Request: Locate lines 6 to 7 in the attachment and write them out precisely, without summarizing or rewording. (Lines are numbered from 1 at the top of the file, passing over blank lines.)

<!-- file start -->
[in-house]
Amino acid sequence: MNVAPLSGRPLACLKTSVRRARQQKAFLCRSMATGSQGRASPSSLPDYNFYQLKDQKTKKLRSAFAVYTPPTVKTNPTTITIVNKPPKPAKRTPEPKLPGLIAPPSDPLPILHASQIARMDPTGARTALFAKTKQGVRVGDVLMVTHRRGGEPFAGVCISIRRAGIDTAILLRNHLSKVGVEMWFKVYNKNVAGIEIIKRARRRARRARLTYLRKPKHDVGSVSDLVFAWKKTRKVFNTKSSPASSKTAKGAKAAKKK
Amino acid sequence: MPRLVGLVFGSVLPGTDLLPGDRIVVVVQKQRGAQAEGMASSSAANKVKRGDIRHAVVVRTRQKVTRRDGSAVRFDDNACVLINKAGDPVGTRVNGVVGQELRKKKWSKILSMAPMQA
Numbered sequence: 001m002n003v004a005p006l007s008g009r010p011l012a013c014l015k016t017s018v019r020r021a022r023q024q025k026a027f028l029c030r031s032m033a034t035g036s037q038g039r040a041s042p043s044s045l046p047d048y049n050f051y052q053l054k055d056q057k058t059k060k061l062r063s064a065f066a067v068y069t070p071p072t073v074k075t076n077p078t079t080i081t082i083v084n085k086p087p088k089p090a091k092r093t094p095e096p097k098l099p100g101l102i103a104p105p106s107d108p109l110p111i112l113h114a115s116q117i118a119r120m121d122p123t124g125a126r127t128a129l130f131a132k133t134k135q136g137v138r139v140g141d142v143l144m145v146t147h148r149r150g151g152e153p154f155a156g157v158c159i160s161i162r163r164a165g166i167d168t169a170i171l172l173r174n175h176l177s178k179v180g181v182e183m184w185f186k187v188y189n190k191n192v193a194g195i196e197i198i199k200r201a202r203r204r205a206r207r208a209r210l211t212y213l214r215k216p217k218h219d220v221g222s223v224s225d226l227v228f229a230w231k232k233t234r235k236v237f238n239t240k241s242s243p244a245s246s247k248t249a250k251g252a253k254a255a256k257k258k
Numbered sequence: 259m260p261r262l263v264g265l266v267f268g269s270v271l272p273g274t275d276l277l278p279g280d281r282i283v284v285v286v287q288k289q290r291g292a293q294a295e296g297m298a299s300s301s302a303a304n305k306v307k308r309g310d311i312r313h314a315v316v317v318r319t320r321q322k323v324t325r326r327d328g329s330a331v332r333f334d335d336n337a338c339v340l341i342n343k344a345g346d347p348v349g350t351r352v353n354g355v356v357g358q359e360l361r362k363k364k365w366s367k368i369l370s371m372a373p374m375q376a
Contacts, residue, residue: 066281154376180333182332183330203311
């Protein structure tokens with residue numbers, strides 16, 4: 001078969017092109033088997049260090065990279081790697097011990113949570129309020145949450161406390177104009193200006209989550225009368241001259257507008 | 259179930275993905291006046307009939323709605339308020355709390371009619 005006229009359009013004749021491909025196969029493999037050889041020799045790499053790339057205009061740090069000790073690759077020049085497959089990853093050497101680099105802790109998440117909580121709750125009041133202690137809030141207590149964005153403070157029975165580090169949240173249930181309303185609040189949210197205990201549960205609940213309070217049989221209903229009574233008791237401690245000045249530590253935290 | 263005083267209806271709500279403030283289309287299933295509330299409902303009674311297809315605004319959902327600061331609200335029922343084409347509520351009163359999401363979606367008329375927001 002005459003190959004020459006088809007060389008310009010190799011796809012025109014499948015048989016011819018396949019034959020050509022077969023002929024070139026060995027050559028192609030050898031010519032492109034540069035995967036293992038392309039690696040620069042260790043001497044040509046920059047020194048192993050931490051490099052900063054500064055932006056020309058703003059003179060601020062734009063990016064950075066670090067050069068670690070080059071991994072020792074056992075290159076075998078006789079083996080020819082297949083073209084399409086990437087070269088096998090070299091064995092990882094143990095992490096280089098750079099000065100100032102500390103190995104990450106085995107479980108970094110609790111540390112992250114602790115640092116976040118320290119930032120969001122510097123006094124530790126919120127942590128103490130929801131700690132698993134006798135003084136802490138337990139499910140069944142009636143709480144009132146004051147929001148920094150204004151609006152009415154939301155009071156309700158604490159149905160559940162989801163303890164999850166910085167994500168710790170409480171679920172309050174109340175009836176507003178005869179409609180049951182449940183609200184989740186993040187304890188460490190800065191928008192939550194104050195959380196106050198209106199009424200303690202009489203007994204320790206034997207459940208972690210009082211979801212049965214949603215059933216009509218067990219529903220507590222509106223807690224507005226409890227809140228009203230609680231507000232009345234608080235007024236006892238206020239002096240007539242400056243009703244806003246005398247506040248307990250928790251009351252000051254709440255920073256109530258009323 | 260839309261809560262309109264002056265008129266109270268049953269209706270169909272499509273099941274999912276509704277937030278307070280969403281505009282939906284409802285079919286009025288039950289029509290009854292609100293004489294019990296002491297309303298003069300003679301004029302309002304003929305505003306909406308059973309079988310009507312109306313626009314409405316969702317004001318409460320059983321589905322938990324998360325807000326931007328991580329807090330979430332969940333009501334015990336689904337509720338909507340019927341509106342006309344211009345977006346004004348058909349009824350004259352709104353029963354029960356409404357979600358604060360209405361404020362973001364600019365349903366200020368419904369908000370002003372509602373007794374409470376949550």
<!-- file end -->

Contacts, residue, residue: 066281154376180333182332183330203311
């Protein structure tokens with residue numbers, strides 16, 4: 001078969017092109033088997049260090065990279081790697097011990113949570129309020145949450161406390177104009193200006209989550225009368241001259257507008 | 259179930275993905291006046307009939323709605339308020355709390371009619 005006229009359009013004749021491909025196969029493999037050889041020799045790499053790339057205009061740090069000790073690759077020049085497959089990853093050497101680099105802790109998440117909580121709750125009041133202690137809030141207590149964005153403070157029975165580090169949240173249930181309303185609040189949210197205990201549960205609940213309070217049989221209903229009574233008791237401690245000045249530590253935290 | 263005083267209806271709500279403030283289309287299933295509330299409902303009674311297809315605004319959902327600061331609200335029922343084409347509520351009163359999401363979606367008329375927001 002005459003190959004020459006088809007060389008310009010190799011796809012025109014499948015048989016011819018396949019034959020050509022077969023002929024070139026060995027050559028192609030050898031010519032492109034540069035995967036293992038392309039690696040620069042260790043001497044040509046920059047020194048192993050931490051490099052900063054500064055932006056020309058703003059003179060601020062734009063990016064950075066670090067050069068670690070080059071991994072020792074056992075290159076075998078006789079083996080020819082297949083073209084399409086990437087070269088096998090070299091064995092990882094143990095992490096280089098750079099000065100100032102500390103190995104990450106085995107479980108970094110609790111540390112992250114602790115640092116976040118320290119930032120969001122510097123006094124530790126919120127942590128103490130929801131700690132698993134006798135003084136802490138337990139499910140069944142009636143709480144009132146004051147929001148920094150204004151609006152009415154939301155009071156309700158604490159149905160559940162989801163303890164999850166910085167994500168710790170409480171679920172309050174109340175009836176507003178005869179409609180049951182449940183609200184989740186993040187304890188460490190800065191928008192939550194104050195959380196106050198209106199009424200303690202009489203007994204320790206034997207459940208972690210009082211979801212049965214949603215059933216009509218067990219529903220507590222509106223807690224507005226409890227809140228009203230609680231507000232009345234608080235007024236006892238206020239002096240007539242400056243009703244806003246005398247506040248307990250928790251009351252000051254709440255920073256109530258009323 | 260839309261809560262309109264002056265008129266109270268049953269209706270169909272499509273099941274999912276509704277937030278307070280969403281505009282939906284409802285079919286009025288039950289029509290009854292609100293004489294019990296002491297309303298003069300003679301004029302309002304003929305505003306909406308059973309079988310009507312109306313626009314409405316969702317004001318409460320059983321589905322938990324998360325807000326931007328991580329807090330979430332969940333009501334015990336689904337509720338909507340019927341509106342006309344211009345977006346004004348058909349009824350004259352709104353029963354029960356409404357979600358604060360209405361404020362973001364600019365349903366200020368419904369908000370002003372509602373007794374409470376949550």